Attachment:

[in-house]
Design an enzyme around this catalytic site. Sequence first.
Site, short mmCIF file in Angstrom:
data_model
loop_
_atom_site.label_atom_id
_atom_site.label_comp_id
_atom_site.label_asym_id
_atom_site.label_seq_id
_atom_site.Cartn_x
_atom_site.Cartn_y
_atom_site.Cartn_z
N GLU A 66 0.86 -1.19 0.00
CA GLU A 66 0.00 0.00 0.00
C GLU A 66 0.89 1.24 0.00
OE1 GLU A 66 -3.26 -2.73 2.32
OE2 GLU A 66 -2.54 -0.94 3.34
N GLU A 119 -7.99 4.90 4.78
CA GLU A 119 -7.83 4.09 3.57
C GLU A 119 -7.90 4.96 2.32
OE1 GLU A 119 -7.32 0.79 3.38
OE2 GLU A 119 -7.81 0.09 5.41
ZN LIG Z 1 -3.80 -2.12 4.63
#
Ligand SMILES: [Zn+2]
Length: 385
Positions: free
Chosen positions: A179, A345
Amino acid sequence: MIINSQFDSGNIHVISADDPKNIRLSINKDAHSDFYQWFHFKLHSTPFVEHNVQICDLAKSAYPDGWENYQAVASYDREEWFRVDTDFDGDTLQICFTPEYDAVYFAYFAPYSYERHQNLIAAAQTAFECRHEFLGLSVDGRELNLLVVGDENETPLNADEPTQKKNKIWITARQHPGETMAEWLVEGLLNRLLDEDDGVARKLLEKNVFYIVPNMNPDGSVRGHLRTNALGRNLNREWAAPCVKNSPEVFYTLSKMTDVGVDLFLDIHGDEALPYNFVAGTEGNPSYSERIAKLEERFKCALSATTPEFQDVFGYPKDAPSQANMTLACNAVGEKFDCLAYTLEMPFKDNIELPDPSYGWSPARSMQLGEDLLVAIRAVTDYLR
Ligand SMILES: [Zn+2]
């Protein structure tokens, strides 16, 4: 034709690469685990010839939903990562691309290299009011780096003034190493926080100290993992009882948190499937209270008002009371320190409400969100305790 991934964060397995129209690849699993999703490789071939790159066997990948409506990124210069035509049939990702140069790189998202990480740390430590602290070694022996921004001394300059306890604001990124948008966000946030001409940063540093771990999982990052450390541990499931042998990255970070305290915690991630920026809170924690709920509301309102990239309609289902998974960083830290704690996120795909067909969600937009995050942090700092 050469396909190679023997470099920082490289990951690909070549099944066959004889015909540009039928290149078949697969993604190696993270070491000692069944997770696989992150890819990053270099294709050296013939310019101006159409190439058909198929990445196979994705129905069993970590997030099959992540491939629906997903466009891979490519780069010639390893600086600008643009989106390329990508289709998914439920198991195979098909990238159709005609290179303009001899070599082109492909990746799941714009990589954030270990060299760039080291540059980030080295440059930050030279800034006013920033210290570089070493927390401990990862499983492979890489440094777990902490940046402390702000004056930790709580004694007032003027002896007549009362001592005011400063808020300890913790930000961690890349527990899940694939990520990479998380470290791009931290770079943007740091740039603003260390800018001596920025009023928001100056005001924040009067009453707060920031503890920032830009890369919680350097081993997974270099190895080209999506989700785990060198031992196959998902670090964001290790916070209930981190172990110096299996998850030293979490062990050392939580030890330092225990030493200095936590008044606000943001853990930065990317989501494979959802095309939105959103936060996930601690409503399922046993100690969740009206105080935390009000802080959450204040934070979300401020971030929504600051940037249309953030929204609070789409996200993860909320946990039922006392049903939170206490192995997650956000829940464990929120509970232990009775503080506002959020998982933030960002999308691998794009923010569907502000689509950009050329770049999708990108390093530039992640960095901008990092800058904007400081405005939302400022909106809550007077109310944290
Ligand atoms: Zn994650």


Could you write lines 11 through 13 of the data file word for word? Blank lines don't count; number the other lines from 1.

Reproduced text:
_atom_site.Cartn_y
_atom_site.Cartn_z
N GLU A 66 0.86 -1.19 0.00